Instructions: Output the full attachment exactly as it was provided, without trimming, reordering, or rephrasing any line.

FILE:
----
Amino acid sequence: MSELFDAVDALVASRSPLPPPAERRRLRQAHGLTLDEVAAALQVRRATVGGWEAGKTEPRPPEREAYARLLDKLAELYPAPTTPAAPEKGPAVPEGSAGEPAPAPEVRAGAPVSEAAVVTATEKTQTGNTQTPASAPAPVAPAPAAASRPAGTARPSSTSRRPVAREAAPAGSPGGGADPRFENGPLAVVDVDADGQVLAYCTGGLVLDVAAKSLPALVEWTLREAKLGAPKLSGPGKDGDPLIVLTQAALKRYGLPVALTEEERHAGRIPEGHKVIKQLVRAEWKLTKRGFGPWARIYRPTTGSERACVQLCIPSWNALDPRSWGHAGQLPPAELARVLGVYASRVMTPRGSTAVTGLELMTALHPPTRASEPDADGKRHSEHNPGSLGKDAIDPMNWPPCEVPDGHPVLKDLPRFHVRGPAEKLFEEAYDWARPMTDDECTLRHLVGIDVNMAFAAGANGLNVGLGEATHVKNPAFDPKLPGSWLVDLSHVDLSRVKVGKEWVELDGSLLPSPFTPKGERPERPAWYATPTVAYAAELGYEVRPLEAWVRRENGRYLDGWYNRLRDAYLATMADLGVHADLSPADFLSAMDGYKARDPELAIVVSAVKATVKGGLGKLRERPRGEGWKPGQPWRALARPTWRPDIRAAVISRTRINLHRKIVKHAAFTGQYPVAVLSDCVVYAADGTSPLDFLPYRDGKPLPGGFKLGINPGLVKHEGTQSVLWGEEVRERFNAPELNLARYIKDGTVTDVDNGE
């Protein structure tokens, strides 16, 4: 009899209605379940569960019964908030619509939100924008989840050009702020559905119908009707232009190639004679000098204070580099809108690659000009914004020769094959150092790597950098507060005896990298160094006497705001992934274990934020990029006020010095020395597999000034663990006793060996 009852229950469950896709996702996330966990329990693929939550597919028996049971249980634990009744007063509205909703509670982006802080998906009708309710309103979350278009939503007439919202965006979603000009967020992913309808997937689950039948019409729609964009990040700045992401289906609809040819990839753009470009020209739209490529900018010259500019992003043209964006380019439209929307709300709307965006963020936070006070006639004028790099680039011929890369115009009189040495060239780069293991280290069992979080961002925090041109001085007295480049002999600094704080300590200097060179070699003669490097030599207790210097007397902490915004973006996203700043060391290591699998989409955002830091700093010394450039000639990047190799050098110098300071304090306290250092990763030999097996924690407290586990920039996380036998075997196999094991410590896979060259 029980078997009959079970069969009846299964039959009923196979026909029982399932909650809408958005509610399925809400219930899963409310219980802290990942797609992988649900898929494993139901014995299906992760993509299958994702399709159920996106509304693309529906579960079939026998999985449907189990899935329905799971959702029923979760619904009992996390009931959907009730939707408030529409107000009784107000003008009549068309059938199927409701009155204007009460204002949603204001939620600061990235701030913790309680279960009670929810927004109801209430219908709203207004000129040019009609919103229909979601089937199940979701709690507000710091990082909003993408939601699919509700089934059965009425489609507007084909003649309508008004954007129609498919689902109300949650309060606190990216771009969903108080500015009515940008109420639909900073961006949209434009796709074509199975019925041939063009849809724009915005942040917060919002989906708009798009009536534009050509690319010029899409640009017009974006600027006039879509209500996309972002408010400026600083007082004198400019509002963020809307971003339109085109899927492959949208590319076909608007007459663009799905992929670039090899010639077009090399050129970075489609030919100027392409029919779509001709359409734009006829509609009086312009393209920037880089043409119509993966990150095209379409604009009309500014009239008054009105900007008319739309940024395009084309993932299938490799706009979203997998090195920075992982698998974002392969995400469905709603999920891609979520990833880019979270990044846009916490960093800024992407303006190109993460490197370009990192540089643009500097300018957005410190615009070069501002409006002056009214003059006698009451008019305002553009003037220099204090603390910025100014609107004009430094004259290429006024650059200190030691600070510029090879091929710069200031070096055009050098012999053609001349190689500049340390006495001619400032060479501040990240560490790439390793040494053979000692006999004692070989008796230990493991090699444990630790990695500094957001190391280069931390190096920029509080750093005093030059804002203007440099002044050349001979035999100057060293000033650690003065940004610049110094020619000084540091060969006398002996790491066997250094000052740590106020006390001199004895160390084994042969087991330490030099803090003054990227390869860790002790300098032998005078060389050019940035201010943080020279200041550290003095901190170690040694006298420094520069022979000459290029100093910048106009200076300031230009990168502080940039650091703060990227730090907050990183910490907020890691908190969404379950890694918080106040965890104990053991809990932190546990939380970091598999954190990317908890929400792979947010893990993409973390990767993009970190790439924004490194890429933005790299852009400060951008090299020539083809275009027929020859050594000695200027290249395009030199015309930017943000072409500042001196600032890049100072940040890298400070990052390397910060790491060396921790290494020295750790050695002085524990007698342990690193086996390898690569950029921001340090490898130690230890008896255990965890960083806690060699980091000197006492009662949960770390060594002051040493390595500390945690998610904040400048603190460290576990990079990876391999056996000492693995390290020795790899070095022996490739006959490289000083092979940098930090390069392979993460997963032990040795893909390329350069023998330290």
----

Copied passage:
Amino acid sequence: MSELFDAVDALVASRSPLPPPAERRRLRQAHGLTLDEVAAALQVRRATVGGWEAGKTEPRPPEREAYARLLDKLAELYPAPTTPAAPEKGPAVPEGSAGEPAPAPEVRAGAPVSEAAVVTATEKTQTGNTQTPASAPAPVAPAPAAASRPAGTARPSSTSRRPVAREAAPAGSPGGGADPRFENGPLAVVDVDADGQVLAYCTGGLVLDVAAKSLPALVEWTLREAKLGAPKLSGPGKDGDPLIVLTQAALKRYGLPVALTEEERHAGRIPEGHKVIKQLVRAEWKLTKRGFGPWARIYRPTTGSERACVQLCIPSWNALDPRSWGHAGQLPPAELARVLGVYASRVMTPRGSTAVTGLELMTALHPPTRASEPDADGKRHSEHNPGSLGKDAIDPMNWPPCEVPDGHPVLKDLPRFHVRGPAEKLFEEAYDWARPMTDDECTLRHLVGIDVNMAFAAGANGLNVGLGEATHVKNPAFDPKLPGSWLVDLSHVDLSRVKVGKEWVELDGSLLPSPFTPKGERPERPAWYATPTVAYAAELGYEVRPLEAWVRRENGRYLDGWYNRLRDAYLATMADLGVHADLSPADFLSAMDGYKARDPELAIVVSAVKATVKGGLGKLRERPRGEGWKPGQPWRALARPTWRPDIRAAVISRTRINLHRKIVKHAAFTGQYPVAVLSDCVVYAADGTSPLDFLPYRDGKPLPGGFKLGINPGLVKHEGTQSVLWGEEVRERFNAPELNLARYIKDGTVTDVDNGE
């Protein structure tokens, strides 16, 4: 009899209605379940569960019964908030619509939100924008989840050009702020559905119908009707232009190639004679000098204070580099809108690659000009914004020769094959150092790597950098507060005896990298160094006497705001992934274990934020990029006020010095020395597999000034663990006793060996 009852229950469950896709996702996330966990329990693929939550597919028996049971249980634990009744007063509205909703509670982006802080998906009708309710309103979350278009939503007439919202965006979603000009967020992913309808997937689950039948019409729609964009990040700045992401289906609809040819990839753009470009020209739209490529900018010259500019992003043209964006380019439209929307709300709307965006963020936070006070006639004028790099680039011929890369115009009189040495060239780069293991280290069992979080961002925090041109001085007295480049002999600094704080300590200097060179070699003669490097030599207790210097007397902490915004973006996203700043060391290591699998989409955002830091700093010394450039000639990047190799050098110098300071304090306290250092990763030999097996924690407290586990920039996380036998075997196999094991410590896979060259 029980078997009959079970069969009846299964039959009923196979026909029982399932909650809408958005509610399925809400219930899963409310219980802290990942797609992988649900898929494993139901014995299906992760993509299958994702399709159920996106509304693309529906579960079939026998999985449907189990899935329905799971959702029923979760619904009992996390009931959907009730939707408030529409107000009784107000003008009549068309059938199927409701009155204007009460204002949603204001939620600061990235701030913790309680279960009670929810927004109801209430219908709203207004000129040019009609919103229909979601089937199940979701709690507000710091990082909003993408939601699919509700089934059965009425489609507007084909003649309508008004954007129609498919689902109300949650309060606190990216771009969903108080500015009515940008109420639909900073961006949209434009796709074509199975019925041939063009849809724009915005942040917060919002989906708009798009009536534009050509690319010029899409640009017009974006600027006039879509209500996309972002408010400026600083007082004198400019509002963020809307971003339109085109899927492959949208590319076909608007007459663009799905992929670039090899010639077009090399050129970075489609030919100027392409029919779509001709359409734009006829509609009086312009393209920037880089043409119509993966990150095209379409604009009309500014009239008054009105900007008319739309940024395009084309993932299938490799706009979203997998090195920075992982698998974002392969995400469905709603999920891609979520990833880019979270990044846009916490960093800024992407303006190109993460490197370009990192540089643009500097300018957005410190615009070069501002409006002056009214003059006698009451008019305002553009003037220099204090603390910025100014609107004009430094004259290429006024650059200190030691600070510029090879091929710069200031070096055009050098012999053609001349190689500049340390006495001619400032060479501040990240560490790439390793040494053979000692006999004692070989008796230990493991090699444990630790990695500094957001190391280069931390190096920029509080750093005093030059804002203007440099002044050349001979035999100057060293000033650690003065940004610049110094020619000084540091060969006398002996790491066997250094000052740590106020006390001199004895160390084994042969087991330490030099803090003054990227390869860790002790300098032998005078060389050019940035201010943080020279200041550290003095901190170690040694006298420094520069022979000459290029100093910048106009200076300031230009990168502080940039650091703060990227730090907050990183910490907020890691908190969404379950890694918080106040965890104990053991809990932190546990939380970091598999954190990317908890929400792979947010893990993409973390990767993009970190790439924004490194890429933005790299852009400060951008090299020539083809275009027929020859050594000695200027290249395009030199015309930017943000072409500042001196600032890049100072940040890298400070990052390397910060790491060396921790290494020295750790050695002085524990007698342990690193086996390898690569950029921001340090490898130690230890008896255990965890960083806690060699980091000197006492009662949960770390060594002051040493390595500390945690998610904040400048603190460290576990990079990876391999056996000492693995390290020795790899070095022996490739006959490289000083092979940098930090390069392979993460997963032990040795893909390329350069023998330290």